Cheryl Downey ’66

English Major
Posted on November 22nd, 2022 by

“Be resilient. Have faith in yourself.”

“I was very aware of being a pioneer,” Downey says. One of the first women in the Directors Guild of America two-year apprenticeship program, she started as the second assistant director for the 1976 Western The Missouri Breaks, starring Marlon Brando and Jack Nicholson. She was the first woman the crew had ever worked with. “The crews’ willingness to work with and support me was critical for women who would be coming after me,” she says. To borrow language from Westerns, she blazed a trail—and spent the next four decades making movies in male-dominated Hollywood, relying on her sense of humor, no-nonsense problem solving skills, and quick thinking to bring stories to life.

Her job was always to help directors tell their story. “My career was about getting the director’s version and vision of the story on the screen,” Downey says. “Both as assistant director and production manager, it was always about what the director saw or how he wanted to see it. And I say ‘he’ because in my 40 years of DGA work, I never assisted a woman director.”

Her role in the collaborative storytelling of movie-making was in the details. “We have a job to do within a certain amount of time, and we want to get everything the director imagines onto that screen,” she says. Money is a major factor. She wrangled budgets to get things done. Need a crane? Downey would cut back on extras for a particular scene. “I could almost always come up with a way for the director to get what he wanted on the screen,” she says.

To make her way in the movie business, Downey adopted an unassuming way of interacting with her co-workers. “Ultimately, crews worked with me wonderfully. And partly, I’m sure it was my style, which was not authoritative,” she says.

That’s not to say she wasn’t powerful. Downey was a founding member of the DGA Women’s Committee, whose research persuaded the larger DGA to bring a class action suit on behalf of women and minority members against Warner Brothers in 1983. The judge ruled the suit couldn’t go forward, but individual members could sue. “Naturally that would be career suicide for a woman or minority director,” she says. “Litigation basically ended until #MeToo.”

Later, in 2000, she was the first woman on the west coast to be honored with a Frank Capra Achievement Award from the DGA, the highest honor an assistant director/production manager can receive.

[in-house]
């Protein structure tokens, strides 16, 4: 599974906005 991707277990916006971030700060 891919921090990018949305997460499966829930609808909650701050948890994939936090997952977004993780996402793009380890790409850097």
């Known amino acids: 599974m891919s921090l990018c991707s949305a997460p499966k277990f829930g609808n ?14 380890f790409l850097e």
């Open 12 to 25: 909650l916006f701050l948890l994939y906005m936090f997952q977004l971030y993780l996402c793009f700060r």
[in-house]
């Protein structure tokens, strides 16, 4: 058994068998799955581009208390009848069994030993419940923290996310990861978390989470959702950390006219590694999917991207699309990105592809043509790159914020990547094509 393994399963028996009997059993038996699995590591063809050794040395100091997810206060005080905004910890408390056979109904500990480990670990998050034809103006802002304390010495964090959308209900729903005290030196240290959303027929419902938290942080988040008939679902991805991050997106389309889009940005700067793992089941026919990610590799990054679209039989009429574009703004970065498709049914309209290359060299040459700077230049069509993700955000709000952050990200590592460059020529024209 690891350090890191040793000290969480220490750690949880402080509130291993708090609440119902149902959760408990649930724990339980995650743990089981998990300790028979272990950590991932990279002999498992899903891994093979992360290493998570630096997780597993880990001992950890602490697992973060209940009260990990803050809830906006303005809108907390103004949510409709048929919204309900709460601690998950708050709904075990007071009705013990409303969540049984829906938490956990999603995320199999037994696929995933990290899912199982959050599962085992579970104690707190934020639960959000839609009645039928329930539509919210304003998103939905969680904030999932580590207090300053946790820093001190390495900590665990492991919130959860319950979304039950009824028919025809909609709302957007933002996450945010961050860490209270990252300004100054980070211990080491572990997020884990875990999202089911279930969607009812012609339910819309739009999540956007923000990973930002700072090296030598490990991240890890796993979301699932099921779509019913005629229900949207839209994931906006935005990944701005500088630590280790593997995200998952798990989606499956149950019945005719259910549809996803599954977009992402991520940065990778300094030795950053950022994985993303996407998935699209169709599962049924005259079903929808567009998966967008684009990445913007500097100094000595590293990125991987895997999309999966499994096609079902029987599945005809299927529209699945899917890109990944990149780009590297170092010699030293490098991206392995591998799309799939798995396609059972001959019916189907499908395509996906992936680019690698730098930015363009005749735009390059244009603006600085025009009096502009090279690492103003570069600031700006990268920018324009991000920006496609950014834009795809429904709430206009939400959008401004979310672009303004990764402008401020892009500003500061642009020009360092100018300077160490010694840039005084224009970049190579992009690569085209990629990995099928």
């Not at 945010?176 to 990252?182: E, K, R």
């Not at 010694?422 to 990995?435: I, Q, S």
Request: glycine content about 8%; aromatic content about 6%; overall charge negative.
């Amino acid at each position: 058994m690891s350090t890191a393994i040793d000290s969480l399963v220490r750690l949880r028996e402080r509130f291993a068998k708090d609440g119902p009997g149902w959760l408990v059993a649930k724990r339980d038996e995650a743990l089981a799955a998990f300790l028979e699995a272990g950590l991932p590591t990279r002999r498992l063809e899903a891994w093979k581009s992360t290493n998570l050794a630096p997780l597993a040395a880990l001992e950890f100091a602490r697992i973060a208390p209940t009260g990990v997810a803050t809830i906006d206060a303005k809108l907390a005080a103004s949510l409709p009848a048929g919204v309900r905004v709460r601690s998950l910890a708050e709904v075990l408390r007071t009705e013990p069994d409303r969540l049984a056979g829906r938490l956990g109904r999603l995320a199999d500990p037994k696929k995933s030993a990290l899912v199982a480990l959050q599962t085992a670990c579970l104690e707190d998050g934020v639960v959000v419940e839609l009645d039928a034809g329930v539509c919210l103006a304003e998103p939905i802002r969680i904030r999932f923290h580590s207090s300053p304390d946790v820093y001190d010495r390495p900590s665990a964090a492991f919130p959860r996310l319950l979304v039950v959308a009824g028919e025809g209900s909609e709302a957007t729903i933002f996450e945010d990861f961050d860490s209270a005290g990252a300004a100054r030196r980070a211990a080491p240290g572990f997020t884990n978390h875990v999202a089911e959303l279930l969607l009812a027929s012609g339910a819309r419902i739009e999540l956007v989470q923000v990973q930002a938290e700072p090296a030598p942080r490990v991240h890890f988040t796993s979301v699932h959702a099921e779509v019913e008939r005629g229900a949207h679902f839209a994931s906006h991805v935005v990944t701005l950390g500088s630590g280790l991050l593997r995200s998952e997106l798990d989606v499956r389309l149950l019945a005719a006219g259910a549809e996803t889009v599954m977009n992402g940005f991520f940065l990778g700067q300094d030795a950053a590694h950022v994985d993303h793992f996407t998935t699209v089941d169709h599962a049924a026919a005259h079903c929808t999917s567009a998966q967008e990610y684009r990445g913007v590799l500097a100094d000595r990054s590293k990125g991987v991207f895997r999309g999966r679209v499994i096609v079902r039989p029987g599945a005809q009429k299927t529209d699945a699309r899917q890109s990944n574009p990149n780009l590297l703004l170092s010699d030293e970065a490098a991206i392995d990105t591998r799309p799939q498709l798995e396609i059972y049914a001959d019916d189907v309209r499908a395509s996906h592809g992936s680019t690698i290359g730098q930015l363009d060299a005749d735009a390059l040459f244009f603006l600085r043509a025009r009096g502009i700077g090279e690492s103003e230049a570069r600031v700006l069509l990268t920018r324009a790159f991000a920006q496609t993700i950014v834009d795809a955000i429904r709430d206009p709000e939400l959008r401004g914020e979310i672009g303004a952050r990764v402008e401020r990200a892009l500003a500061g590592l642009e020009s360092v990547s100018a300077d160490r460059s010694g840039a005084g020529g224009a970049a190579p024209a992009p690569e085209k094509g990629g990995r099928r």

Downey’s first career plan was to become a high school English teacher. Her Gustavus mentors—English professor Larry Owen (whom she would end up marrying much later in life when they reconnected at a Gustavus reunion), and Evelyn Anderson (“Mrs. A”)—encouraged her to dream big. “Evelyn said, ‘Oh, you must apply for graduate school and not to any school, one of the best in theater,’” Downey says. She won the Chancellors Fellowship at UCLA and earned both her masters and doctorate there.

Though she had a PhD, she couldn’t get a teaching job in L.A. She was asked, “When are you planning to start your family?” in interviews. She felt lucky to get a job as secretary for a movie company. There, “I fell in love with the film business,” she says. “I loved the fact that every day was new and completely different.” The next year, she was accepted into the DGA training program, where she was interviewed by a long table of white men. “And at the foot stood a very tall bearded huge presence—a fellow named Wally Worsley,” Downey recalls. “He said, “What makes you think a little girl like you can run a crew of 100 men?” She was assigned to Universal, the only woman on Worsley’s film crew. He said he wanted to see if she would sink or swim. She swam, and the two became lifelong friends.

Visiting the Gustavus campus back in February, Downey met up with students who thanked her for paving the way. “They said, we are aware we are standing on your shoulders. And I think I had that consciousness all the way along that I didn’t want to screw anything up and make a bad name for women. It was such a small number of us at the beginning, and I’m delighted that these Gustavus women felt that way.”

Since retiring in 2012, Downey has also been organizing her archive and is in talks with her daughter about doing a podcast (@ladycaprahollywood, on Instagram) to share stories about her career. Like the one about knocking on actor Doug McClure’s trailer. He said, “Don’t ever knock on my door when I have a hangover,” and then picked her up by her ankles and shook her upside down. She got him some Alka Seltzer, tapped gentlyon the window of his trailer and poured him the hangover treatment into two glasses through the window.

She’s heartened to see all the changes in the film and TV industry. “If you look at the credits, you’re going to see so many women now. There’s a real commitment to change. Women are finally getting a break.”


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